Loading ...
Sorry, an error occurred while loading the content.

Re: [coolpix990] FW: BCPL.NET NEWS: Myparty Worm

Expand Messages
  • Roderick Stewart
    ... The best solution seems to be to have a virus checker program, but only run it manually on suspected files that you actually intend to open. Because the
    Message 1 of 20 , Feb 1, 2002
    • 0 Attachment
      In article <a3d06o+lbob@...>, Mavicator wrote:
      > If you receive an attachment which is infected by an unknown virus,
      > and it's from a trusted source, then you will likely be infected and
      > there's nothing anyone can do about it until a new virus definition
      > is released. So while I'm sure InDefense does what it is supposed
      > to, it doesn't really do anything except prevent you from opening
      > any attachments, which you can do yourself without the help of that
      > program!

      The best solution seems to be to have a virus checker program, but only
      run it manually on suspected files that you actually intend to open.
      Because the program is not running constantly in the background, it
      doesn't slow down your computer or interfere with anything, and you
      don't have to remember to switch it off when installing new software.
      It's probably inpossible to obtain 100% protection against viruses by
      any means, but any scheme that includes your own intelligence has got
      to be better than relying entirely on a piece of software, assuming
      that it will do your thinking for you.

      Rod.
    • Sheryl LeWinter
      HI...my 2 cents. I ve had Norton Antivirus for years. I keep it running on auto-detect, and it doesn t slow things down...at least not noticeably. I have a
      Message 2 of 20 , Feb 1, 2002
      • 0 Attachment
        HI...my 2 cents.

        I've had Norton Antivirus for years. I keep it running on auto-detect, and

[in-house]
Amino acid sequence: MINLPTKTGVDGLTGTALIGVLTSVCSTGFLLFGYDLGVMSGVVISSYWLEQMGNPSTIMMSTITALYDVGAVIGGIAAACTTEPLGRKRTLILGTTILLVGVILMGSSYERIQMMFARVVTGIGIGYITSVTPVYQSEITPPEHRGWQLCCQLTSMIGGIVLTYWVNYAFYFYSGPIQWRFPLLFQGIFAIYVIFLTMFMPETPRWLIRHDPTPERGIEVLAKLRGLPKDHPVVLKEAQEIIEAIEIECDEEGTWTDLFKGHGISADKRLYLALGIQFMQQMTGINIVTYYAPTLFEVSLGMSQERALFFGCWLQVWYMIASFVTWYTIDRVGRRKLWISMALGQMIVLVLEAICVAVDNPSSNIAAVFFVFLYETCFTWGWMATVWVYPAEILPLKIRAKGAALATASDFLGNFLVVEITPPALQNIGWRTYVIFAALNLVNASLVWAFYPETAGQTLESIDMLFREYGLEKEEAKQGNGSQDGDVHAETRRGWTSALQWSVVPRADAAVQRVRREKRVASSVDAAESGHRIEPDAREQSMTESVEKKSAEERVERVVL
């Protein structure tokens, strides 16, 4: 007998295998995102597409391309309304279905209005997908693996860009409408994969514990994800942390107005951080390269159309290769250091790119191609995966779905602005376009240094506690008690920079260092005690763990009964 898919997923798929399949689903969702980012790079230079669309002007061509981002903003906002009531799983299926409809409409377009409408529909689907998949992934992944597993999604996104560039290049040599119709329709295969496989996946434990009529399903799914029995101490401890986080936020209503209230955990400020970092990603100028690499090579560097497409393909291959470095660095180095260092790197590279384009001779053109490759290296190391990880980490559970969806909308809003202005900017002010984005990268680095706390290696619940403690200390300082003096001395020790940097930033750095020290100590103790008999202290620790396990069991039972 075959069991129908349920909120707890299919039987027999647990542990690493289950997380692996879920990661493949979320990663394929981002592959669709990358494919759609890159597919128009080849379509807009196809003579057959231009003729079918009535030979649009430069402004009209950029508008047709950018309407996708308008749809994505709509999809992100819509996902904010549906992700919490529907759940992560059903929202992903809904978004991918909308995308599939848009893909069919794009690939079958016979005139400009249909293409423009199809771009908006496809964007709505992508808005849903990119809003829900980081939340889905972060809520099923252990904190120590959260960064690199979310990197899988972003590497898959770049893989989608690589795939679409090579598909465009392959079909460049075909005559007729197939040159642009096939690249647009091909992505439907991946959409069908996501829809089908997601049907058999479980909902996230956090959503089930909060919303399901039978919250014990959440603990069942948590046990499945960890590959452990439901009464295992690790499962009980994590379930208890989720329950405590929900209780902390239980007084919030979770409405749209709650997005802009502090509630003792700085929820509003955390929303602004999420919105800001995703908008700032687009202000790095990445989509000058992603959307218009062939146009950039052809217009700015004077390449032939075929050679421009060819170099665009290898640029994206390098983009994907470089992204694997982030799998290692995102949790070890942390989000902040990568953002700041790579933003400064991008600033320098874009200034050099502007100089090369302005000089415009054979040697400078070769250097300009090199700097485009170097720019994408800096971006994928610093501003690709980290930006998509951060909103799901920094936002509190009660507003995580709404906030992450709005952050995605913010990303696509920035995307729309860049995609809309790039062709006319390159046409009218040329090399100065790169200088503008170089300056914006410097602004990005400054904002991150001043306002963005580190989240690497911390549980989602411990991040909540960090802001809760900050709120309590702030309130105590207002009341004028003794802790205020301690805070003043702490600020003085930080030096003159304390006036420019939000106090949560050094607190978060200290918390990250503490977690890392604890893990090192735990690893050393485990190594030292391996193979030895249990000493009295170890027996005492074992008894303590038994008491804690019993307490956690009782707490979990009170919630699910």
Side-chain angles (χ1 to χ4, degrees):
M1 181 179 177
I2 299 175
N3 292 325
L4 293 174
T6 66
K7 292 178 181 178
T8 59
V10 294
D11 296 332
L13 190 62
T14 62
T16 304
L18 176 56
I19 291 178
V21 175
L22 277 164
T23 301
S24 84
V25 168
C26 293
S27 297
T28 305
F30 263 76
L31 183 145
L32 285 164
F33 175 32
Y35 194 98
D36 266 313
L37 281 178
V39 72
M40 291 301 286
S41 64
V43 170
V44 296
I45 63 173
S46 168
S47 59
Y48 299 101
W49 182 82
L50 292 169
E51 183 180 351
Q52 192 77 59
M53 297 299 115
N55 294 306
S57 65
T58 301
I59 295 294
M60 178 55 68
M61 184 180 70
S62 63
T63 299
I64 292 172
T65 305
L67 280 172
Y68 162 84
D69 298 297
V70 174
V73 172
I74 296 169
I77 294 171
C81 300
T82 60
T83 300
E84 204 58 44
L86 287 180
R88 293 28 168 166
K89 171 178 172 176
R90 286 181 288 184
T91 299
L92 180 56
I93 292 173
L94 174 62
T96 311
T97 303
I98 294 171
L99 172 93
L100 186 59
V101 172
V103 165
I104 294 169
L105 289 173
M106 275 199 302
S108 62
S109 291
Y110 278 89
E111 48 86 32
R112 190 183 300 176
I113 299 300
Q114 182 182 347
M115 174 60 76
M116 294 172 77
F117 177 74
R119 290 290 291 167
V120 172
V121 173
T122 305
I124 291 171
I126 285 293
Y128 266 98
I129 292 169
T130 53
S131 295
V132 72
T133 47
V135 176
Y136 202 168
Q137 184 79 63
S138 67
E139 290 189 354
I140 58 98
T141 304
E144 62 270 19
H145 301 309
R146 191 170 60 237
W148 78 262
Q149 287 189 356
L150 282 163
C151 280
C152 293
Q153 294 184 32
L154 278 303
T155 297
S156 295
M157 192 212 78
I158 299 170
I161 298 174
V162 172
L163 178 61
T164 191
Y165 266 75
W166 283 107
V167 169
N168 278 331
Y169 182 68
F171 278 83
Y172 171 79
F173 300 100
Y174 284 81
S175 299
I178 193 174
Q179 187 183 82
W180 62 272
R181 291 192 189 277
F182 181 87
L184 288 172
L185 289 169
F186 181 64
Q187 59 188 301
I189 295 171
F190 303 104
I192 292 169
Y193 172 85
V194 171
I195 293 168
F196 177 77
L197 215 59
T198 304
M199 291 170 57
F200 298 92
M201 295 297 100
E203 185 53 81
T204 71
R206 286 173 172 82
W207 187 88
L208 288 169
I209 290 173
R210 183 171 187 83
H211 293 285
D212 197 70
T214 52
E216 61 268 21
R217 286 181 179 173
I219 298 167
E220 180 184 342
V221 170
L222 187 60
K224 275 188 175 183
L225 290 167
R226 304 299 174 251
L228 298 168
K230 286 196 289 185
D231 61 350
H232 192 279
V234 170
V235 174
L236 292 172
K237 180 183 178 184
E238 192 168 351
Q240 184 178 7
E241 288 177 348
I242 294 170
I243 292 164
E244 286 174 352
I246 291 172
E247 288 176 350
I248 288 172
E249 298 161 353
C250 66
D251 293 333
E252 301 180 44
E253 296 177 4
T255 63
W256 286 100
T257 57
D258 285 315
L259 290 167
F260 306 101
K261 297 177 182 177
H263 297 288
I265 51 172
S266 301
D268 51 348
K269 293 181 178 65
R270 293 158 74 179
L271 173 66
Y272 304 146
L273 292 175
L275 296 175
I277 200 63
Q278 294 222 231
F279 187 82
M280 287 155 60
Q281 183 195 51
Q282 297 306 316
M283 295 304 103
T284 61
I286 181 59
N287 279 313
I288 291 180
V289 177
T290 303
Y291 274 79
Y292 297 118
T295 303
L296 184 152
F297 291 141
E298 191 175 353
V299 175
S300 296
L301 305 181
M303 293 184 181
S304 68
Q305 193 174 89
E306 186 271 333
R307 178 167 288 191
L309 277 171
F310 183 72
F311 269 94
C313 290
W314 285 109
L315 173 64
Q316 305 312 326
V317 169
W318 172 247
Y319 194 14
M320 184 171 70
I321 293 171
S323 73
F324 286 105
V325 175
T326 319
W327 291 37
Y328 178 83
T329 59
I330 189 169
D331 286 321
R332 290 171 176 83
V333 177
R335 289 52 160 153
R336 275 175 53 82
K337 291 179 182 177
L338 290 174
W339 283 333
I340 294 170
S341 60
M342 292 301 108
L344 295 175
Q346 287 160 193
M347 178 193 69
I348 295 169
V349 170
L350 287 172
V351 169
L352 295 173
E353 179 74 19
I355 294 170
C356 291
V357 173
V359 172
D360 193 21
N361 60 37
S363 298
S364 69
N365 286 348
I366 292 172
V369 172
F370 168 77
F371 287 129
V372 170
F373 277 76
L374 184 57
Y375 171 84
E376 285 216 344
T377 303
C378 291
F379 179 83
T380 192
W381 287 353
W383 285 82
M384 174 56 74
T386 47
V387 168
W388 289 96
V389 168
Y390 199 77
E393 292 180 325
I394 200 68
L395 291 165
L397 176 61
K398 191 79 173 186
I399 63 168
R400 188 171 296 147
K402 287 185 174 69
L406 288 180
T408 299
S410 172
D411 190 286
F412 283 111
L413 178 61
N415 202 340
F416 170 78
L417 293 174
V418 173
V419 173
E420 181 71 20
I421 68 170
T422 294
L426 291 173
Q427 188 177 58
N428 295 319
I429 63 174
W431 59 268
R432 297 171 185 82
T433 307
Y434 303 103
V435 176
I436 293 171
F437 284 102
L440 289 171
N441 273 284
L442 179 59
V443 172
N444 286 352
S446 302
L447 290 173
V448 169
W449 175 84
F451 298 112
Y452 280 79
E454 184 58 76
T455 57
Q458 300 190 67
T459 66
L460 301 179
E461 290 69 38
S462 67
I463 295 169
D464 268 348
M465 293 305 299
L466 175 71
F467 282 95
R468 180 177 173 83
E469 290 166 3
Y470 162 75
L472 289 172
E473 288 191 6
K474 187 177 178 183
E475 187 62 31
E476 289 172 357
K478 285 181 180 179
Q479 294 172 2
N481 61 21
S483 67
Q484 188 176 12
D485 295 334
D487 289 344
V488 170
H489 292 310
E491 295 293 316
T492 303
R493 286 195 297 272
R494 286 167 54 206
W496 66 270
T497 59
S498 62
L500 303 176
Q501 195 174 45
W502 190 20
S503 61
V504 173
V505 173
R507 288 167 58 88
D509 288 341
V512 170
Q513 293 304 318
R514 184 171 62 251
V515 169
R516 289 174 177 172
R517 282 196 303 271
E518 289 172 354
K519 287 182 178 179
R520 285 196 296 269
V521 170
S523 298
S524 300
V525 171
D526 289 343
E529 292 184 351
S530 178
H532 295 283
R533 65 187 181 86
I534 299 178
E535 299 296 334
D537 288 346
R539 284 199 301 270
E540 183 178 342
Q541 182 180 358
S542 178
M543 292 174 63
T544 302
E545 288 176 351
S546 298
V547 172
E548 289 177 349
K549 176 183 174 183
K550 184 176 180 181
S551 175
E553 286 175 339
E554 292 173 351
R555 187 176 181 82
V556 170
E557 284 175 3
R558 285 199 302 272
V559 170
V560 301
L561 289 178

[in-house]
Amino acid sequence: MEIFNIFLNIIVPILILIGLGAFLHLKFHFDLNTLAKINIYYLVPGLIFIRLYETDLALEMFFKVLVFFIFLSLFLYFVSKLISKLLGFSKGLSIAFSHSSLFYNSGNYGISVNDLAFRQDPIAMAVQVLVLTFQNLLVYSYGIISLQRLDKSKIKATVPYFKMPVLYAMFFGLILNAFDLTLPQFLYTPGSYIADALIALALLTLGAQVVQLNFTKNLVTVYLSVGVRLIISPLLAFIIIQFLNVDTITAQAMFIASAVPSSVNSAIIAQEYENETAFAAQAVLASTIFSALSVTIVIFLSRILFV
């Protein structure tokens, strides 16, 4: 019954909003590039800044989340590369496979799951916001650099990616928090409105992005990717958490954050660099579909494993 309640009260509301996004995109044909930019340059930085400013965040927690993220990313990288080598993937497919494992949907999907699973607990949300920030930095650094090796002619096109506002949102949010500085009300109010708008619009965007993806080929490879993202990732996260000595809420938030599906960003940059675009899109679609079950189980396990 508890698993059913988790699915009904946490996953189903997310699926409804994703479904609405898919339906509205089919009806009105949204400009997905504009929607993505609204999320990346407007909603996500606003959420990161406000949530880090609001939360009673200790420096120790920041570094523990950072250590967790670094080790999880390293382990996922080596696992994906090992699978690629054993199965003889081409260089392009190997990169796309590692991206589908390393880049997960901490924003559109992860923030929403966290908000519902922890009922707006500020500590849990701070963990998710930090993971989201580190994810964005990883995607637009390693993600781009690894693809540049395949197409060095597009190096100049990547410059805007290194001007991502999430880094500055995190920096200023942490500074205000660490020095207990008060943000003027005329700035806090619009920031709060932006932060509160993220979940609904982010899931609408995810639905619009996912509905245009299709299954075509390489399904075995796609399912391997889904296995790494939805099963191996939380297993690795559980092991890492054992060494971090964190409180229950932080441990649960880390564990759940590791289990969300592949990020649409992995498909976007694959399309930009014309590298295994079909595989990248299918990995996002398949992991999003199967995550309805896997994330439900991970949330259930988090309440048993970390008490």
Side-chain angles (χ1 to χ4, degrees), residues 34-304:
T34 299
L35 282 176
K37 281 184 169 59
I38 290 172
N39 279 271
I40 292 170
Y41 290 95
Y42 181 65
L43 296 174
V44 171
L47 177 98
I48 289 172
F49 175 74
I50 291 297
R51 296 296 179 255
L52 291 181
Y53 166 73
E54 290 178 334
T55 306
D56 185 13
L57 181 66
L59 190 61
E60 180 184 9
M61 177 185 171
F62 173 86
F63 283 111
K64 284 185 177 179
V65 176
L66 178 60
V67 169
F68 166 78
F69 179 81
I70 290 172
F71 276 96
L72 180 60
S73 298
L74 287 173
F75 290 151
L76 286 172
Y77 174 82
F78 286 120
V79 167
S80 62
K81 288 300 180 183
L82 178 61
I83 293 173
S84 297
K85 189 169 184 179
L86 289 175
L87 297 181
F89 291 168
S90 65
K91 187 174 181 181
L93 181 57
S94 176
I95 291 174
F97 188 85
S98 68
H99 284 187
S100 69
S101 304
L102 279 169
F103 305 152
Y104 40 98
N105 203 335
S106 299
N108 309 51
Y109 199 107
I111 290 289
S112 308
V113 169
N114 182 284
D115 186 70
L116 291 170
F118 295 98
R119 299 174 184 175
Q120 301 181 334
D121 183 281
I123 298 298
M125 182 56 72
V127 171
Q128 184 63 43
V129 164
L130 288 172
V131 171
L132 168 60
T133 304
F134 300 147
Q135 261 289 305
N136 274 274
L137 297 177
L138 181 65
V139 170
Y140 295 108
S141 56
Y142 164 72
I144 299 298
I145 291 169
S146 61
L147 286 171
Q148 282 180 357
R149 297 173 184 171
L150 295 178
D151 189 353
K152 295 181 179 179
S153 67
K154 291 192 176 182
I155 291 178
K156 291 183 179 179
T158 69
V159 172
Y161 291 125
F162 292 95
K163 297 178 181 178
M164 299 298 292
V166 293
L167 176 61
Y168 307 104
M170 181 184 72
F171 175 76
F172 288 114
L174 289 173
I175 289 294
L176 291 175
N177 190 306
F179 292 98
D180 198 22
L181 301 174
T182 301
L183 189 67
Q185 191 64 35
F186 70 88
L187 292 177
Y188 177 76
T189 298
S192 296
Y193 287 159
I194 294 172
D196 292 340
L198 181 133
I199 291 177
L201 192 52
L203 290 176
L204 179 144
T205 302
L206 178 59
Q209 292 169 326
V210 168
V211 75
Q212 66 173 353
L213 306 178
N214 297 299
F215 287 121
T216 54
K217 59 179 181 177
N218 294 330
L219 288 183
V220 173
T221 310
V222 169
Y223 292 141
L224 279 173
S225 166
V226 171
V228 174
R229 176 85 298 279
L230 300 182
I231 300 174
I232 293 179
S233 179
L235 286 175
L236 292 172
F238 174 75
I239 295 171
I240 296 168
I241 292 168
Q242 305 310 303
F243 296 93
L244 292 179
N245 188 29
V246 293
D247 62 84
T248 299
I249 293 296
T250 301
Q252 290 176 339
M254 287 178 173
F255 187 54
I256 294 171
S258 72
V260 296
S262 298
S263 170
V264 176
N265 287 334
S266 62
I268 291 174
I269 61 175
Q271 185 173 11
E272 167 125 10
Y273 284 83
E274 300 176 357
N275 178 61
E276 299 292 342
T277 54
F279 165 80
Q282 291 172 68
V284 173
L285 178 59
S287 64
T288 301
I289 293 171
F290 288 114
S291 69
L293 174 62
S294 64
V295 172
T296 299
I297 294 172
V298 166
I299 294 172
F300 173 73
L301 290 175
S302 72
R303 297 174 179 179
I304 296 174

it doesn't slow things down...at least not noticeably. I have a cable modem
        connection, so I feel much safer having it turned on all the time. I have
        it set to scan emails, and in the past couple of months it has alerted me at
        least 5 or 6 times in the middle of a mail retrieval session that there was
        a virus file or possible virus, and asks me if I want to quarantine or
        delete it. Then I don't have to worry about what attachments I open because
        they've already been scanned. I think using it in manual mode would defeat
        the purpose.

        I get email from another Yahoo group (Incredimail) that sends attachments
        all the time...hundreds in any week. I always look at the file name before
        opening, but I've never had a problem.

        Peace,
        Charli
        -------Original Message-------

        From: coolpix990@yahoogroups.com
        Date: Friday, February 01, 2002 03:09:44
        To: coolpix990@yahoogroups.com
        Subject: Re: [coolpix990] FW: BCPL.NET NEWS: Myparty Worm

        In article <a3d06o+lbob@...>, Mavicator wrote:
        > If you receive an attachment which is infected by an unknown virus,
        > and it's from a trusted source, then you will likely be infected and
        > there's nothing anyone can do about it until a new virus definition
        > is released. So while I'm sure InDefense does what it is supposed
        > to, it doesn't really do anything except prevent you from opening
        > any attachments, which you can do yourself without the help of that
        > program!

        The best solution seems to be to have a virus checker program, but only
        run it manually on suspected files that you actually intend to open.